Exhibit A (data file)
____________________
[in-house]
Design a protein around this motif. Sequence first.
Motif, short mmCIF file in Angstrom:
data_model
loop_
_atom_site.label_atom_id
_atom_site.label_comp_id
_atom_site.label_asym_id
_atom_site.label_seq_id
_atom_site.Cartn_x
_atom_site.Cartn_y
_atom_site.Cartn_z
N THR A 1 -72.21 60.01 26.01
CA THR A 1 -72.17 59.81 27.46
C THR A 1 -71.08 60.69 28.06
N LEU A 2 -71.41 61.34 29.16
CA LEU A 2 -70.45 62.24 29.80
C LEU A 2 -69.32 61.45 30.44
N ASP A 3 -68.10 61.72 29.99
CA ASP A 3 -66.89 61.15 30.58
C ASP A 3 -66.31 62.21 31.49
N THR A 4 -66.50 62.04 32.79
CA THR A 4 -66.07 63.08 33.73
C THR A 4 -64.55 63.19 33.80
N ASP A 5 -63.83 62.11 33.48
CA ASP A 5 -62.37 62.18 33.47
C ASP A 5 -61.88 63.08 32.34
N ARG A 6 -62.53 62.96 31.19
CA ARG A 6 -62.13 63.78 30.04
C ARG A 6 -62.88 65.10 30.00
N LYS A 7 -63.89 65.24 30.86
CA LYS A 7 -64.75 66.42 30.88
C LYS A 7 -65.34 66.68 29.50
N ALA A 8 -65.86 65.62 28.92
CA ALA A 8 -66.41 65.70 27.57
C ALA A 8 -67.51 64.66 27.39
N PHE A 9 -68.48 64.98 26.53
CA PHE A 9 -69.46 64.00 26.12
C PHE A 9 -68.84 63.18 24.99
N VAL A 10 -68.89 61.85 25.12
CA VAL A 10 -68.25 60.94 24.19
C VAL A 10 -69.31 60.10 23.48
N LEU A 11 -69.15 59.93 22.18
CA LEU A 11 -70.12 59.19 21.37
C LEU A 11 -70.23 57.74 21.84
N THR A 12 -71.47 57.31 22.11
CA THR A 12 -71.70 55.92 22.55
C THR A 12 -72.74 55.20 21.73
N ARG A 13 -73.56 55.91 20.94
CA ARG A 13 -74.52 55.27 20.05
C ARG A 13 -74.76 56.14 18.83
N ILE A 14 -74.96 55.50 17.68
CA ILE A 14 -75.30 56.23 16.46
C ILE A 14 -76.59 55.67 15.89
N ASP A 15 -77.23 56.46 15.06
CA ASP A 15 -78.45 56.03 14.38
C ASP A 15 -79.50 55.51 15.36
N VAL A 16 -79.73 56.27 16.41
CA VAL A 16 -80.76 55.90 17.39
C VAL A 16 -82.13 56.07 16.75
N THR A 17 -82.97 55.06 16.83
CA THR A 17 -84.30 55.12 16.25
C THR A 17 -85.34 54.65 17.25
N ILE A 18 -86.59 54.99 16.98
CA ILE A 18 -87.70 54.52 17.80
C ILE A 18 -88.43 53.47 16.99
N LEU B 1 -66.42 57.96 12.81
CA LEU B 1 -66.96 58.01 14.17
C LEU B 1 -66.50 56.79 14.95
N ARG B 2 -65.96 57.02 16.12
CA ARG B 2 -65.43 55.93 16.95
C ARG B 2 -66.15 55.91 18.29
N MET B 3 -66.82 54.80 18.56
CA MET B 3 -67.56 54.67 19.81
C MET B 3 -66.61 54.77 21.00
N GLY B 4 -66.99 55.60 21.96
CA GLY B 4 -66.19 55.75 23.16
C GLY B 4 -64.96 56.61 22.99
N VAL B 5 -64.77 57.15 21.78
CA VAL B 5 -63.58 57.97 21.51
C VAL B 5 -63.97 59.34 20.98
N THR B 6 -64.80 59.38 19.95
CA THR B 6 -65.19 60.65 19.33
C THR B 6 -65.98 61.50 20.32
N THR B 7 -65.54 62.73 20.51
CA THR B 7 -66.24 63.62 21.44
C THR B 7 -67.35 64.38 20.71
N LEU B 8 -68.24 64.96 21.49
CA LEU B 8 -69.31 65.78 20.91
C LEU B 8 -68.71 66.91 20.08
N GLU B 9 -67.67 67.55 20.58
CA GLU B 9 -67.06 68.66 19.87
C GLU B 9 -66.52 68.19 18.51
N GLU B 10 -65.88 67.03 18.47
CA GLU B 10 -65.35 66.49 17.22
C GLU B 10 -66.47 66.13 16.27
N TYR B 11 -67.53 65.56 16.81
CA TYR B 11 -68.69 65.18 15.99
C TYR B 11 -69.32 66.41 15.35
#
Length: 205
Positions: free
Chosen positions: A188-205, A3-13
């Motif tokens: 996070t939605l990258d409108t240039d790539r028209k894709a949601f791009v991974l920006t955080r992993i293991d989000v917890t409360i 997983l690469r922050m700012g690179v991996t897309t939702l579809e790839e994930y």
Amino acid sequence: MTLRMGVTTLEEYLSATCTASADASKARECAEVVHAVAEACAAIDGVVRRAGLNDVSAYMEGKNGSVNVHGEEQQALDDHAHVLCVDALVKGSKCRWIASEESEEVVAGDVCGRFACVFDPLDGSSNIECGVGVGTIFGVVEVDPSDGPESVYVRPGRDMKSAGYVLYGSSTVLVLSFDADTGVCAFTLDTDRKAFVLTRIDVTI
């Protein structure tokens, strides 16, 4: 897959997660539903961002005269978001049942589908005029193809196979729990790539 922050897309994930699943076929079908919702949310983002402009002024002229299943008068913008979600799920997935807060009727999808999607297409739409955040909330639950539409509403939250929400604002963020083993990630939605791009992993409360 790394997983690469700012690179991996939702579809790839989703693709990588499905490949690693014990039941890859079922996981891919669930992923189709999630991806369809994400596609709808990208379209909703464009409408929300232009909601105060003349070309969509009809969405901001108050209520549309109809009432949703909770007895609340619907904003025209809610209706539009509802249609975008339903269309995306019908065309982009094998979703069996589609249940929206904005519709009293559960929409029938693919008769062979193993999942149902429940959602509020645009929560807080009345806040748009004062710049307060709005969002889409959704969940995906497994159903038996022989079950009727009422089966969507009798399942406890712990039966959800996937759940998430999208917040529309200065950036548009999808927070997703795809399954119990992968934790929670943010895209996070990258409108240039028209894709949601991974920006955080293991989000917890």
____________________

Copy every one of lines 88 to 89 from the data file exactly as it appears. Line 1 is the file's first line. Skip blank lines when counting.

N LEU B 8 -68.24 64.96 21.49
CA LEU B 8 -69.31 65.78 20.91